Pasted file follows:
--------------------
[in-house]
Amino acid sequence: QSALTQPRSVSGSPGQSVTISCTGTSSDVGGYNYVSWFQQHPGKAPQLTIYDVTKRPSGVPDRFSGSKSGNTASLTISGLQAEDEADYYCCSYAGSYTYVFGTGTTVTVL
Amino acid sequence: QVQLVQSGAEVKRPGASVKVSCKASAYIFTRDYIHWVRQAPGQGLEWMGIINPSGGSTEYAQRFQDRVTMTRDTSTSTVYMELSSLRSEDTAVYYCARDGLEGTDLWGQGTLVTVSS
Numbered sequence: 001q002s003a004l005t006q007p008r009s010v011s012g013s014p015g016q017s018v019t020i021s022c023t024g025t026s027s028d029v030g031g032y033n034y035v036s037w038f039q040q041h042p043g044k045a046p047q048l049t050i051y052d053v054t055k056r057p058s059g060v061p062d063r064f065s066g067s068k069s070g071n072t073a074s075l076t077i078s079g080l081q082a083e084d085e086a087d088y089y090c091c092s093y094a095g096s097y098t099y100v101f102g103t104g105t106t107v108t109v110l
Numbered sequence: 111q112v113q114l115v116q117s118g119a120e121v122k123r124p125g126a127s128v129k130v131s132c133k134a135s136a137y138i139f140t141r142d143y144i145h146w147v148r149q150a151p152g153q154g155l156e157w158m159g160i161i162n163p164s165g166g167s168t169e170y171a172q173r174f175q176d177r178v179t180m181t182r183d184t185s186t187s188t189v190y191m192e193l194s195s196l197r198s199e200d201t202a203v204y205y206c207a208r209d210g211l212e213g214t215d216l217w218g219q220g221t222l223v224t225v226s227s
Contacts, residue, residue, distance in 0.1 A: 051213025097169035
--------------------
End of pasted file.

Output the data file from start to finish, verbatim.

[in-house]
Amino acid sequence: QSALTQPRSVSGSPGQSVTISCTGTSSDVGGYNYVSWFQQHPGKAPQLTIYDVTKRPSGVPDRFSGSKSGNTASLTISGLQAEDEADYYCCSYAGSYTYVFGTGTTVTVL
Amino acid sequence: QVQLVQSGAEVKRPGASVKVSCKASAYIFTRDYIHWVRQAPGQGLEWMGIINPSGGSTEYAQRFQDRVTMTRDTSTSTVYMELSSLRSEDTAVYYCARDGLEGTDLWGQGTLVTVSS
Numbered sequence: 001q002s003a004l005t006q007p008r009s010v011s012g013s014p015g016q017s018v019t020i021s022c023t024g025t026s027s028d029v030g031g032y033n034y035v036s037w038f039q040q041h042p043g044k045a046p047q048l049t050i051y052d053v054t055k056r057p058s059g060v061p062d063r064f065s066g067s068k069s070g071n072t073a074s075l076t077i078s079g080l081q082a083e084d085e086a087d088y089y090c091c092s093y094a095g096s097y098t099y100v101f102g103t104g105t106t107v108t109v110l
Numbered sequence: 111q112v113q114l115v116q117s118g119a120e121v122k123r124p125g126a127s128v129k130v131s132c133k134a135s136a137y138i139f140t141r142d143y144i145h146w147v148r149q150a151p152g153q154g155l156e157w158m159g160i161i162n163p164s165g166g167s168t169e170y171a172q173r174f175q176d177r178v179t180m181t182r183d184t185s186t187s188t189v190y191m192e193l194s195s196l197r198s199e200d201t202a203v204y205y206c207a208r209d210g211l212e213g214t215d216l217w218g219q220g221t222l223v224t225v226s227s
Contacts, residue, residue, distance in 0.1 A: 051213025097169035